By: Andy Wood, Conservation Ecologist

A young Red-shouldered Hawk (Buteo lineatus) surveys a rainpool inside a Northeast New Hanover Conservancy property in the gated Landfall community. This sharp-eyed bird of prey eats mice, frogs, lizards, snakes, and other small animals. Southern Leopard Frog (Lithobates sphenocephala) were on the hawk’s menu this day.


“Nature matters to people. Big trees and small trees, glistening water, chirping birds, budding bushes, colorful flowers – these are important ingredients in a good life.”

These words, penned in 1983 by psychologist Rachel Kaplan, underscore a human truth: Nature in its wildness is good for us. This truth extends beyond the physical ecosystem services provided by plants and animals interacting in their habitats; the natural services that clean the air we breathe, the water we drink, and the soil that grows our food. Yes, it is living organisms (Earth’s biota) that provide the life-support services our own species requires.

If text space allowed, I could launch into a tangent about how the actions of beavers, across North America, came to create some of the best soils a farmer could want. I can also explain, using mathematics and scientific facts, how mosquitoes fit in the great pyramid of life that ultimately sustains human beings; the living, breathing species poised on the pyramid’s tippy-top. These are the easy things for me to explain, ecologically-speaking, in part because they are tangible and physically-measurable benefits from nature.

The more difficult benefits of nature to describe are those not measured in acres of soil created, gallons of water filtered, or pounds of fruit produced. I speak here of what my college professors called “intangible” benefits; what Dr. Kaplan later called “…important ingredients in a good life.”

With thanks due to recent studies conducted by mental health professionals, we now have a better understanding about “intangible benefits” we derive from nature; the positive mental and physical benefits that come from connecting with nature outdoors including solace garnered by way of a quiet walk along a simple path meandering through a natural garden.

Of course in rapidly-urbanizing New Hanover County, NC, we are running short of unfettered natural places for plants and wildlife to dwell and for people to gently explore. Northeast New Hanover Conservancy (NENHC), this region’s longest-operating local land trust, was founded by a concerned group of citizens in 1981 with the simple goal of protecting natural habitats, large or small, and the beneficial ecosystem services they provide. And I can say with confidence that NENHC is protecting some very significant habitats.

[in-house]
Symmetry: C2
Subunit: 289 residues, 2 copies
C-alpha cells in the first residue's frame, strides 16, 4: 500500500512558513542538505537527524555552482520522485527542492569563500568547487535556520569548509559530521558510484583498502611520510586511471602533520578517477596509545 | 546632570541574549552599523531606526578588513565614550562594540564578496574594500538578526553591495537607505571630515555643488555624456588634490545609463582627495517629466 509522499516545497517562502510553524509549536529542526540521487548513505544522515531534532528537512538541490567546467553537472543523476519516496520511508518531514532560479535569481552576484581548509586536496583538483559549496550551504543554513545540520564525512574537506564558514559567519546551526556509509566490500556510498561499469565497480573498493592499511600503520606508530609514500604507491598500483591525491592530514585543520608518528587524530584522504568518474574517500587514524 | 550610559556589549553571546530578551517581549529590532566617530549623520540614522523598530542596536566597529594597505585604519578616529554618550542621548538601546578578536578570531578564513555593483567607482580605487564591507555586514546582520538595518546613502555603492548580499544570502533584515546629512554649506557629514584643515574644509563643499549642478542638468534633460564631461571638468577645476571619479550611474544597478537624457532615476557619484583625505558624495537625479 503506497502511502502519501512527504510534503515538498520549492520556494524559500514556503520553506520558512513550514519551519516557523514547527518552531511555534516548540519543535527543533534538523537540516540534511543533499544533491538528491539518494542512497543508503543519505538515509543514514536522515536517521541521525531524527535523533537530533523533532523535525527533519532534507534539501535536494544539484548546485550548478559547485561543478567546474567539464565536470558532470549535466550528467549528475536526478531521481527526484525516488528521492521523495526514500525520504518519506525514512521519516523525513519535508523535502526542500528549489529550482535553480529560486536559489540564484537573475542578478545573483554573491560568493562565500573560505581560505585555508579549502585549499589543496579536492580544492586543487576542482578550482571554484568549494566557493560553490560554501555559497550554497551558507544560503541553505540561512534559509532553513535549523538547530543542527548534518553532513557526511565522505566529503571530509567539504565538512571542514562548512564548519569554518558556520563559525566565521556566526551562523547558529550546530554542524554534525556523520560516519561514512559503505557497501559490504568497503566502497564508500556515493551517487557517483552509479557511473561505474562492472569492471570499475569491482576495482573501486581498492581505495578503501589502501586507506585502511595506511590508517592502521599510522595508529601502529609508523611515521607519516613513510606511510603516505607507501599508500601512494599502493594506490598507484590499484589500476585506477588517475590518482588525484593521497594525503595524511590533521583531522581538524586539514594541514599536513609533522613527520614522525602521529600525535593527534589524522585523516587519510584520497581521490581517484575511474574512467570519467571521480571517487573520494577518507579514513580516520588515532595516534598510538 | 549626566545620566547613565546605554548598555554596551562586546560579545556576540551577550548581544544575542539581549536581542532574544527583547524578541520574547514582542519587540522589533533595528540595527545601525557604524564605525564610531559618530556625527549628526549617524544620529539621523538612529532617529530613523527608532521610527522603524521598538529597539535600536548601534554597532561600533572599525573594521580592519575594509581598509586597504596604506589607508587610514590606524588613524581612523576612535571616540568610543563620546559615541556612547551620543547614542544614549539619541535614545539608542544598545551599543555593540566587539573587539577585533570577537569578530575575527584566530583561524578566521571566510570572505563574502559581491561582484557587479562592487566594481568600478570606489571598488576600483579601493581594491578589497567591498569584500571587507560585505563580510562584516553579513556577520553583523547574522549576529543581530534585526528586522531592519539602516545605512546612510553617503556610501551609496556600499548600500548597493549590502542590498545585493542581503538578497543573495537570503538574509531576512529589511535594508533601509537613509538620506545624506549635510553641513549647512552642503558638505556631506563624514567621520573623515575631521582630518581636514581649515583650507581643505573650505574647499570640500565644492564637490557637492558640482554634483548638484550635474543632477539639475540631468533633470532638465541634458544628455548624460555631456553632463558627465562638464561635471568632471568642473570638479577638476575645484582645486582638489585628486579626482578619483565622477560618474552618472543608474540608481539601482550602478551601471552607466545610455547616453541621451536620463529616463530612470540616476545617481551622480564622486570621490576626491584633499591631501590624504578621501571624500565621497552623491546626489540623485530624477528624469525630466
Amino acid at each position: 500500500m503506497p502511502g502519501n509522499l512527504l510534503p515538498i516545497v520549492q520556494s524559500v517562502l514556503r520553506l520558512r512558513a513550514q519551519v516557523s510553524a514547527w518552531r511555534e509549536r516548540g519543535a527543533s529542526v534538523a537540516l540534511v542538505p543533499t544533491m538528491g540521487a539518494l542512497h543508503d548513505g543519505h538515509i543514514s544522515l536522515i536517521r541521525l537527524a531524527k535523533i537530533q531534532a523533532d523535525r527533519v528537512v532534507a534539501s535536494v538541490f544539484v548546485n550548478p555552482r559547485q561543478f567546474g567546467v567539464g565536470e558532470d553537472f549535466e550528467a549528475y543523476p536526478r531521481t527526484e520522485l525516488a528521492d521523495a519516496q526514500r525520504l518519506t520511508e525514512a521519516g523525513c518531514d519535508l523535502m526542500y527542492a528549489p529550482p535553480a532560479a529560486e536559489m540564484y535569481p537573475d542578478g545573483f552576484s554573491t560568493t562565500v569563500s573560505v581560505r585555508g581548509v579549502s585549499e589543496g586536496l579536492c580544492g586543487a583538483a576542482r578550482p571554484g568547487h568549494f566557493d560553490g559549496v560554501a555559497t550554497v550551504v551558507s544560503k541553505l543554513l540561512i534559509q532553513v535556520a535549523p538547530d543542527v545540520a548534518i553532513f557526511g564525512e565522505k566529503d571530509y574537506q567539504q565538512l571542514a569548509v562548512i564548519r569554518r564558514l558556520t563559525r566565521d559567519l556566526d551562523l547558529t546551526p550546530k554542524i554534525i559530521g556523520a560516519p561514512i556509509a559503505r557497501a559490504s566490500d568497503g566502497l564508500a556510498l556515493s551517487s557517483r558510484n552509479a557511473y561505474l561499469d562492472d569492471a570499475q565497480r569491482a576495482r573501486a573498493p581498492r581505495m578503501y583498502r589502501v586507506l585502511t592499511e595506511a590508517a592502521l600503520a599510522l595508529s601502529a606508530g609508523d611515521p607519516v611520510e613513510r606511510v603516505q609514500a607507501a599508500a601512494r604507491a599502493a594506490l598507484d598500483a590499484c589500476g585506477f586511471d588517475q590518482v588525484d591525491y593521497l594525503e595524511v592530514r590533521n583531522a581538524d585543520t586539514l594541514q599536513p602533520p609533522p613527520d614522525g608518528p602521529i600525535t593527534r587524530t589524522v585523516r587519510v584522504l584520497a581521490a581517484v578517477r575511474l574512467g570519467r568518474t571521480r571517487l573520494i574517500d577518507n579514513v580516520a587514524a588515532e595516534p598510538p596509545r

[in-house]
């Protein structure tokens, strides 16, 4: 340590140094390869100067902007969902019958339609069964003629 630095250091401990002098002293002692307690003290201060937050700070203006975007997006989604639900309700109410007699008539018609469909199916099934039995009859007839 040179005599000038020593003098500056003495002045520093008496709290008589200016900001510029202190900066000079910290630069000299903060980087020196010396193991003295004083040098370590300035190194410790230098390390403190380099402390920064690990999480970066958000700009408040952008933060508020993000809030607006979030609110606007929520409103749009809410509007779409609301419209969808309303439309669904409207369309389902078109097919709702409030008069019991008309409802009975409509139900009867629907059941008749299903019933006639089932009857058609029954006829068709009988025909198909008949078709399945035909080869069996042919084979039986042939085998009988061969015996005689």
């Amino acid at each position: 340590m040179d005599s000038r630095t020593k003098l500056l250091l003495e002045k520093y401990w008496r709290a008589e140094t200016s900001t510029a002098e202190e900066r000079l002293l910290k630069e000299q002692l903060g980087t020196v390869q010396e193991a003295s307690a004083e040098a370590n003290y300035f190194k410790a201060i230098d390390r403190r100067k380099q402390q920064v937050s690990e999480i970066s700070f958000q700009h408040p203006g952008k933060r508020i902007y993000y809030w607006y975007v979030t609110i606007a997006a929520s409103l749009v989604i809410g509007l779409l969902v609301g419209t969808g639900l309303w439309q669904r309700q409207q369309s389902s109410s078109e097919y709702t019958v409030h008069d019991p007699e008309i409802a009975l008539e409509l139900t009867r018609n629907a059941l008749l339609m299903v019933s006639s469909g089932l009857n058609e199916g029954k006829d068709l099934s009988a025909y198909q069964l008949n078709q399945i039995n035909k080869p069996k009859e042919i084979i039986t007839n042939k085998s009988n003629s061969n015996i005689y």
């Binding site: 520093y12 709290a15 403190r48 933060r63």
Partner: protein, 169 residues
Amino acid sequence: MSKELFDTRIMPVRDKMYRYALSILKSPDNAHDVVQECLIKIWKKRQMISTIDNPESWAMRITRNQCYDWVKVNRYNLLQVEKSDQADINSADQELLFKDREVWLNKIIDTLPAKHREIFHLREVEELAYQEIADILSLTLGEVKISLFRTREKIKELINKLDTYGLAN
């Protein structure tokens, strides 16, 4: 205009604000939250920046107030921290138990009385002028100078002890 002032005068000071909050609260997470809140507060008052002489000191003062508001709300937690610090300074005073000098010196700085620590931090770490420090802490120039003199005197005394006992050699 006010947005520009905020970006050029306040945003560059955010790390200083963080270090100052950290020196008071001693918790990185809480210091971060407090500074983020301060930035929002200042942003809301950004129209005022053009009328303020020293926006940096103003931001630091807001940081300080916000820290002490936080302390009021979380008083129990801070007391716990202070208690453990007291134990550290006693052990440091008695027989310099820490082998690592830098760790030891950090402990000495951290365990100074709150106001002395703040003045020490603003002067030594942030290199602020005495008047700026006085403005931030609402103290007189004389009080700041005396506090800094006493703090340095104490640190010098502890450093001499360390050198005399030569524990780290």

At this time NENHC is caretaker for 1,350 acres, including more than 530 acres spread across 30 distinct parcels in and around the gated Landfall community. Our other notable acreages include an 88-acre parcel of coastal saltmarsh behind the north end of Wrightsville Beach, adjacent to Mason Inlet, and another 800 acres of saltmarsh habitat behind the north end of Figure Eight Island, adjacent to Rich Inlet.

For perspective, NENHC monitors and protects more natural habitat inside Landfall, than all the natural habitat areas owned and managed by the City of Wilmington and New Hanover County—combined! When our New Hanover County properties outside of Landfall are added-in, NENHC’s total protected acreage (1,350) is greater than New Hanover County acreage under NC State Park control (1,049).

Admittedly, the bulk of NENHC’s wooded land holdings rest inside Landfall and are only accessible by Landfall residents and guests. With all due respect, ecologically-speaking, whether or not a conservation property is accessible to the public is less important than the meaningful ecosystem services the property provides to everyone; much like other public trust natural resources.

As a not-for-profit land trust holding significant lands unopen to public access, NENHC is excluded from state and federal grants, and most private foundations that could otherwise help support NENHC’s property monitoring, planning, and management efforts. We instead rely on the generosity of individuals, especially people who do have access to our conservation areas, and others who care about habitat protection in general.

To the point about NENHC property access, we are working closely with Landfall managers and residents to develop and implement a trail management plan that will allow fun and safe admittance into some of our ecoregion’s most compelling natural places. While maybe not as glamorous as salamanders, songbirds, or colorful mushrooms, we are improving existing walking trails as an objective to build greater awareness and appreciation of the natural spaces NENHC protects to the benefit of people, plants, and wildlife.

On behalf of nature right outside, I hope you’ll consider making a tax-deductible donation to Northeast New Hanover Conservancy. Your gift will ensure the habitats we protect will continue providing tangible ecosystem services supporting “Big trees and small trees, glistening water, chirping birds, budding bushes, colorful flowers – [the] important ingredients in a good life.”


Community Conservation Consultant